London, Oct 9: Scientists have developed a new gene test for breast cancer patients, which could inform women how likely they are to develop breast cancer, and can lead to fewer women being diagnosed with the deadly disease.
The test known as Single Nucleotide Polymorphism (SNP) could help reduce the number of women having surgery to remove their breasts to narrow down their risk.
The test will initially be available for patients having BRCA1 and 2 gene mutations, with a family history of breast cancer.
“This is a massive game changer for breast cancer where we now have tests which can give accurate risk in the whole population, those with a family history and those with BRCA mutations,” professor Gareth Evans, from the Manchester University was quoted as saying to the BBC.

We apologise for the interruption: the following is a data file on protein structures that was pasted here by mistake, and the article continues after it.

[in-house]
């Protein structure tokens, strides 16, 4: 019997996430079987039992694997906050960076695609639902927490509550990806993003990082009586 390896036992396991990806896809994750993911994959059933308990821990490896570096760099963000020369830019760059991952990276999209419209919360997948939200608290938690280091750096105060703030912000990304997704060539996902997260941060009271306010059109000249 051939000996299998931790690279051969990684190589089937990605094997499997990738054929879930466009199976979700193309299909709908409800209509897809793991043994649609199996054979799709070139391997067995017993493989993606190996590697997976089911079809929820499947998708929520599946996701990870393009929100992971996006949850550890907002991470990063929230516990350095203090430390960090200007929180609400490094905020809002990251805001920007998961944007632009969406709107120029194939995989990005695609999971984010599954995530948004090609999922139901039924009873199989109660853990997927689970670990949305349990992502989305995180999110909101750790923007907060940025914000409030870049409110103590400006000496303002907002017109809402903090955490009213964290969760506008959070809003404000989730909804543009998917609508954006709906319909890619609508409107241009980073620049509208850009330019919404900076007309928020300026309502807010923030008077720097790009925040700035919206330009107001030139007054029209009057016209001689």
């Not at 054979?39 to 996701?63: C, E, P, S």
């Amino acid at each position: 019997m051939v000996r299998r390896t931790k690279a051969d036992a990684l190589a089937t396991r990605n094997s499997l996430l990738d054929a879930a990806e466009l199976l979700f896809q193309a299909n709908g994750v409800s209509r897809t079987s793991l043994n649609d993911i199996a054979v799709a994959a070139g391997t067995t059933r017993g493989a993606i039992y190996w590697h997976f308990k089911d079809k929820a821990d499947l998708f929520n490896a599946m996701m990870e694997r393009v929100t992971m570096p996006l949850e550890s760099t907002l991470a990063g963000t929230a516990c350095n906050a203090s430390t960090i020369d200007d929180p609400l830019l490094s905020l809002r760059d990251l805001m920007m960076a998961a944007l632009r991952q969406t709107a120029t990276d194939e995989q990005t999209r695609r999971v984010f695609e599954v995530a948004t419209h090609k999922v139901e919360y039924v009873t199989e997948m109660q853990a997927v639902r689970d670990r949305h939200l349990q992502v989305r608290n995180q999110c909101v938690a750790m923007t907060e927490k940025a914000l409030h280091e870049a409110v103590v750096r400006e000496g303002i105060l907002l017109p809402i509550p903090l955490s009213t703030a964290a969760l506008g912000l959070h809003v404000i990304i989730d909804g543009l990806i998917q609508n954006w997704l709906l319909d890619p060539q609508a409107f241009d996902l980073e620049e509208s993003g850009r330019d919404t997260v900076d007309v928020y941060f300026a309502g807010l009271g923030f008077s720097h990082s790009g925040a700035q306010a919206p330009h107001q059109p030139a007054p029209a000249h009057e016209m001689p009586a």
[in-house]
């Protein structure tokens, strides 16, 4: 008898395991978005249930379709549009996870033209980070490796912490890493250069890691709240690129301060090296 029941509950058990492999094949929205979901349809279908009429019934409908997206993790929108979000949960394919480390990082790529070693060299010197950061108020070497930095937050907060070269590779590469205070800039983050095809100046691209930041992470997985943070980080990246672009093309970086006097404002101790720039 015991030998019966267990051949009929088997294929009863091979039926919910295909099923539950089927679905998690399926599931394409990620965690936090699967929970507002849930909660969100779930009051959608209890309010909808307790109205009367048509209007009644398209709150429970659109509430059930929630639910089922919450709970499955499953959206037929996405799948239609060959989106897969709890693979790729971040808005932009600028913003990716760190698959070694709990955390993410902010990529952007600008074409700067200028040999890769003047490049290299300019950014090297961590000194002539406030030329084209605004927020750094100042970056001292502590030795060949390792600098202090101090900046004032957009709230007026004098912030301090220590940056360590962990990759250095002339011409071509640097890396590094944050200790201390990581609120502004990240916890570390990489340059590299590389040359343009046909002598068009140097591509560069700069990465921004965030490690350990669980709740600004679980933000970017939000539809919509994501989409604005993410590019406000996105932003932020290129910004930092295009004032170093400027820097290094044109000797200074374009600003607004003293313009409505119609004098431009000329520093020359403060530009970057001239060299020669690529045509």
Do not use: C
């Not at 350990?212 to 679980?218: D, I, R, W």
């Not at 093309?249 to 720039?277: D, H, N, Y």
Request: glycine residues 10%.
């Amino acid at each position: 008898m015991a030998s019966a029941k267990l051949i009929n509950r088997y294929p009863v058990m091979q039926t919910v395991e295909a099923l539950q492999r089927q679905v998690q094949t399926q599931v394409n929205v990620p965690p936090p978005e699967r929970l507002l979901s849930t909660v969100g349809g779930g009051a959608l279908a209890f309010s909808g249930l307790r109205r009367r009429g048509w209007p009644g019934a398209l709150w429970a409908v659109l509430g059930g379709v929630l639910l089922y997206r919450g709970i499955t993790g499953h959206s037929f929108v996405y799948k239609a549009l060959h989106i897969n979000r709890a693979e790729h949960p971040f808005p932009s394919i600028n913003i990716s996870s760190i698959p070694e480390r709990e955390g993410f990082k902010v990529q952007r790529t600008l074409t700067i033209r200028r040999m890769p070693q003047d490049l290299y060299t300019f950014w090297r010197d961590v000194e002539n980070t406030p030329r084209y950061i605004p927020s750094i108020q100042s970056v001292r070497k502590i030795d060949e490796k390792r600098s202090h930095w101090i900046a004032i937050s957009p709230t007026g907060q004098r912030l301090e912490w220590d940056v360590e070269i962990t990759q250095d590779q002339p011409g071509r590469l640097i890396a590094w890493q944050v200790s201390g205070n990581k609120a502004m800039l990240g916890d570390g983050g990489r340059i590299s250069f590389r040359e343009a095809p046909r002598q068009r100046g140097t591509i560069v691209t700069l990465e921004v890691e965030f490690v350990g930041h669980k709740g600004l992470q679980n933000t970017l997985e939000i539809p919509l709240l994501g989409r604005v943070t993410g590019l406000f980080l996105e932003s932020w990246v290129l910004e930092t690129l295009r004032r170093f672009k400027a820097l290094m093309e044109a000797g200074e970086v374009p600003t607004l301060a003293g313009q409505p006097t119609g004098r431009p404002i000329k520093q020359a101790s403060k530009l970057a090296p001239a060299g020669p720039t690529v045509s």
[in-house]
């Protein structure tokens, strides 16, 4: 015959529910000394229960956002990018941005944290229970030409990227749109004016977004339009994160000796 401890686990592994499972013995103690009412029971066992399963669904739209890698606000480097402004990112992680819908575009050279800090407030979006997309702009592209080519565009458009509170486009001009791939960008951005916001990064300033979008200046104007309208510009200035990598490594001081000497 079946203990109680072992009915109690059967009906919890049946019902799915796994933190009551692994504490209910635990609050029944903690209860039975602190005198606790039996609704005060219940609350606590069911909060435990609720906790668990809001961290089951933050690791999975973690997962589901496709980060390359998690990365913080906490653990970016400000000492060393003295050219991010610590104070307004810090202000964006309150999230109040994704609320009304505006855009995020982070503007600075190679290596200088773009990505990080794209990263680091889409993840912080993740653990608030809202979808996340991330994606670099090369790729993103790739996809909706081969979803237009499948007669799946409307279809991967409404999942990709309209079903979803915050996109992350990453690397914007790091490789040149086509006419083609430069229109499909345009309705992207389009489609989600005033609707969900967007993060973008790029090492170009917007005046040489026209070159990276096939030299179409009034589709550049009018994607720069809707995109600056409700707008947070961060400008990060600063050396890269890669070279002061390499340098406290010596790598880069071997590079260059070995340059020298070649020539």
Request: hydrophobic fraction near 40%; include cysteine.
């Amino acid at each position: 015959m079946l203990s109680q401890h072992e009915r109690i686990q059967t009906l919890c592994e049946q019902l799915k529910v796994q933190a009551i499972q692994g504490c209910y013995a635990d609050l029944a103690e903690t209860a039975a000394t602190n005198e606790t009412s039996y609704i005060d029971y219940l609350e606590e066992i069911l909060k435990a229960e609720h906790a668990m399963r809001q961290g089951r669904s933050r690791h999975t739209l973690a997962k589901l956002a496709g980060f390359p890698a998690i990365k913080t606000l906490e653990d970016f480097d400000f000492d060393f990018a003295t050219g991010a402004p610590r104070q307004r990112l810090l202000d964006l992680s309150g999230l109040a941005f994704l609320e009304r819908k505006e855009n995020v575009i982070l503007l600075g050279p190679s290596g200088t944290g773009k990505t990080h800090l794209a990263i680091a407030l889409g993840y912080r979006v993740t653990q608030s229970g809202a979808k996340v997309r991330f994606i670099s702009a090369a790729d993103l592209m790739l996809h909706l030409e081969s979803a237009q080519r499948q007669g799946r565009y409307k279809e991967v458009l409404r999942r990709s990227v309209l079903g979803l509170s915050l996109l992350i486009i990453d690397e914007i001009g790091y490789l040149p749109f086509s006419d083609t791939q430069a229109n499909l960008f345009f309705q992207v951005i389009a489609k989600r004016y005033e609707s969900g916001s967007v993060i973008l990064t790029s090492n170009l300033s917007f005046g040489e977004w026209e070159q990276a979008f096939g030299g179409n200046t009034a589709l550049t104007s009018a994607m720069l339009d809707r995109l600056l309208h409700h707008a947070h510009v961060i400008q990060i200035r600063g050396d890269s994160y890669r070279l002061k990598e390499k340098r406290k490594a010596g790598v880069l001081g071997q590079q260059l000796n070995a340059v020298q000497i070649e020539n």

Women with these gene mutations are often quoted as having 87 per cent chance of developing breast cancer, but in fact their risk of cancer is much more complex than that, and different for every person.
“Women with a BRCA mutation have a risk of breast cancer somewhere between 30 per cent and 90 per cent,” Evans added.
Being able to narrow down a woman’s individual risk will mean they are better informed about whether to have a mastectomy or not, she said.
The SNP test, conducted on blood or saliva, looks at 18 genetic variants known to affect the chances of getting breast cancer.
Combining the information on breast density, the age a woman has children or reaches puberty, the test gives women a percentage change of developing breast cancer within the next 10 years, and throughout their lifetime, the researchers said.